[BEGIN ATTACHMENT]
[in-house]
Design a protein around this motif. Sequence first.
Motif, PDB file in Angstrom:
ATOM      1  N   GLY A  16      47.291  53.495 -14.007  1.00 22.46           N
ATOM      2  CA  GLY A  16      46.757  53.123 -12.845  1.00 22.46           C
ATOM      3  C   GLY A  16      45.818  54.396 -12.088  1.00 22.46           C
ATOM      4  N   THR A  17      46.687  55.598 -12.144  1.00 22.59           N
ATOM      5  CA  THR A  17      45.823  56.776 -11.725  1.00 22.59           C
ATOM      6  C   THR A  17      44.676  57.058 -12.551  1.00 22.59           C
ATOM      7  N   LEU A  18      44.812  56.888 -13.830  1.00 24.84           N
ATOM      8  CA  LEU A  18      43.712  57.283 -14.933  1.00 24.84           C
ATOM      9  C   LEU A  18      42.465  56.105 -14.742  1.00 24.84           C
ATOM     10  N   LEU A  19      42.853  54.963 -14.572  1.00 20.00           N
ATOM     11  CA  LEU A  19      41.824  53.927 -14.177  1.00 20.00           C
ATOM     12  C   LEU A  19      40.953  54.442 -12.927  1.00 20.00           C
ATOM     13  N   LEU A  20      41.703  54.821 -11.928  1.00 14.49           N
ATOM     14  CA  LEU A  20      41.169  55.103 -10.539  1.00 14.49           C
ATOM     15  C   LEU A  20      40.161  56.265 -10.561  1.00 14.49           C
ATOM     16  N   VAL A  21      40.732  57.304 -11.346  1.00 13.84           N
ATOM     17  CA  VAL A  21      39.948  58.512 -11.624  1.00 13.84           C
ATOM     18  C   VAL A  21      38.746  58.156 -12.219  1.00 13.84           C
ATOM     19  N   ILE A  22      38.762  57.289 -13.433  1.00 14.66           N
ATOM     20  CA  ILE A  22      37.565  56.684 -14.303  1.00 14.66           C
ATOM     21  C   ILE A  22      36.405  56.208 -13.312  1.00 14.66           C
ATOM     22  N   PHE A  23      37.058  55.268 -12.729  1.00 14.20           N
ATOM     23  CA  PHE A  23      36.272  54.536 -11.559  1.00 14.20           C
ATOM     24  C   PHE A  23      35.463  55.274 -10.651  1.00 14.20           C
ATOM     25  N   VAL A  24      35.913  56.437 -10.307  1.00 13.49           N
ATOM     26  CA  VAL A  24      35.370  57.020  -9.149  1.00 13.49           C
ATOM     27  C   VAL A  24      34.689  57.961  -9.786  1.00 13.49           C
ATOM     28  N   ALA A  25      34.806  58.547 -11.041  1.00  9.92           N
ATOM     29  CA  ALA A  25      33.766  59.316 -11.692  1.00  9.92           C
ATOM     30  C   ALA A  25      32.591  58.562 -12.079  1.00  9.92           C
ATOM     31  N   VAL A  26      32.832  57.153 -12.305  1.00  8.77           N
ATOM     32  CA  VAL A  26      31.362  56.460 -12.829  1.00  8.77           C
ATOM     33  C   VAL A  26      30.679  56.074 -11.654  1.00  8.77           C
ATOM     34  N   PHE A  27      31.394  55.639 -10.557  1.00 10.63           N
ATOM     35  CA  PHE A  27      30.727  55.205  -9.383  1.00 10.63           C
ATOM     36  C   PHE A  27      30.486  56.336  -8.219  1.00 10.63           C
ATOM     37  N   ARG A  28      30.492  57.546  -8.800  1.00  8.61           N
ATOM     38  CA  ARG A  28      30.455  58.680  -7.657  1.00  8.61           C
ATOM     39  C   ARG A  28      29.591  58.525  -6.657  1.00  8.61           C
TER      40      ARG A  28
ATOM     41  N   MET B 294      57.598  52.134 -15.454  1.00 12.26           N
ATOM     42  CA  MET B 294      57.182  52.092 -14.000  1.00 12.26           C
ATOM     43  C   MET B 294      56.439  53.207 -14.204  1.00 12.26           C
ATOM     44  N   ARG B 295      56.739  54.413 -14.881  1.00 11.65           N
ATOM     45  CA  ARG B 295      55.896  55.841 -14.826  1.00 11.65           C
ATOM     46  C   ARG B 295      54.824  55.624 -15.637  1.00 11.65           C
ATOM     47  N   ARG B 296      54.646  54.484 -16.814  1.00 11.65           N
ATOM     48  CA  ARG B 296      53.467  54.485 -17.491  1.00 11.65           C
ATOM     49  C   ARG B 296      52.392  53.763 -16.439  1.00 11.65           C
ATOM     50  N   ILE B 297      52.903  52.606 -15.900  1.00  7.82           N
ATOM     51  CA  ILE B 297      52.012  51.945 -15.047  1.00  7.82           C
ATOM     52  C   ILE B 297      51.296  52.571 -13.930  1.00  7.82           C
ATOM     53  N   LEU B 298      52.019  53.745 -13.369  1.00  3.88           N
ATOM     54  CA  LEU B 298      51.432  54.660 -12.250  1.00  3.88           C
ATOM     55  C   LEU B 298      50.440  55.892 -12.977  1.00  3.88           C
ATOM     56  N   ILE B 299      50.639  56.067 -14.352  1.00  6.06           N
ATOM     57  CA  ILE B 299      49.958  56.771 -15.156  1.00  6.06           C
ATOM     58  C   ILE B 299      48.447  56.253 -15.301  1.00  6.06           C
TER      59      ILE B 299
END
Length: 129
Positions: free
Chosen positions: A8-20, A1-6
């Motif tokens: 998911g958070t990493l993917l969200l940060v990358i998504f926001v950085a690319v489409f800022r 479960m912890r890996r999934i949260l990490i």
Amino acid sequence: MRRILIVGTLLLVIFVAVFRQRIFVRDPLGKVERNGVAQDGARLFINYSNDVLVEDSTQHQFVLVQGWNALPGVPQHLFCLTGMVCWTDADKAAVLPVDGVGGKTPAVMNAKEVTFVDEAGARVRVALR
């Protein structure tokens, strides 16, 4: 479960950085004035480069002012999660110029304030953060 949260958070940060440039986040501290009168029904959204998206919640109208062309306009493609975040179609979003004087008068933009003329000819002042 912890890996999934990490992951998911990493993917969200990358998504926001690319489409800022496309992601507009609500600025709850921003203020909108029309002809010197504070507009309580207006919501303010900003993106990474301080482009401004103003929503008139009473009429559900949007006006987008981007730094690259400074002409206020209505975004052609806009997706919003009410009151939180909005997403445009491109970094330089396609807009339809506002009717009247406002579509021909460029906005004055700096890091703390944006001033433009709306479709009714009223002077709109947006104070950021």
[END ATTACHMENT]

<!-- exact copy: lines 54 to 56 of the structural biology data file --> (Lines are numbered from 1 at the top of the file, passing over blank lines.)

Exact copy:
ATOM     51  CA  ILE B 297      52.012  51.945 -15.047  1.00  7.82           C
ATOM     52  C   ILE B 297      51.296  52.571 -13.930  1.00  7.82           C
ATOM     53  N   LEU B 298      52.019  53.745 -13.369  1.00  3.88           N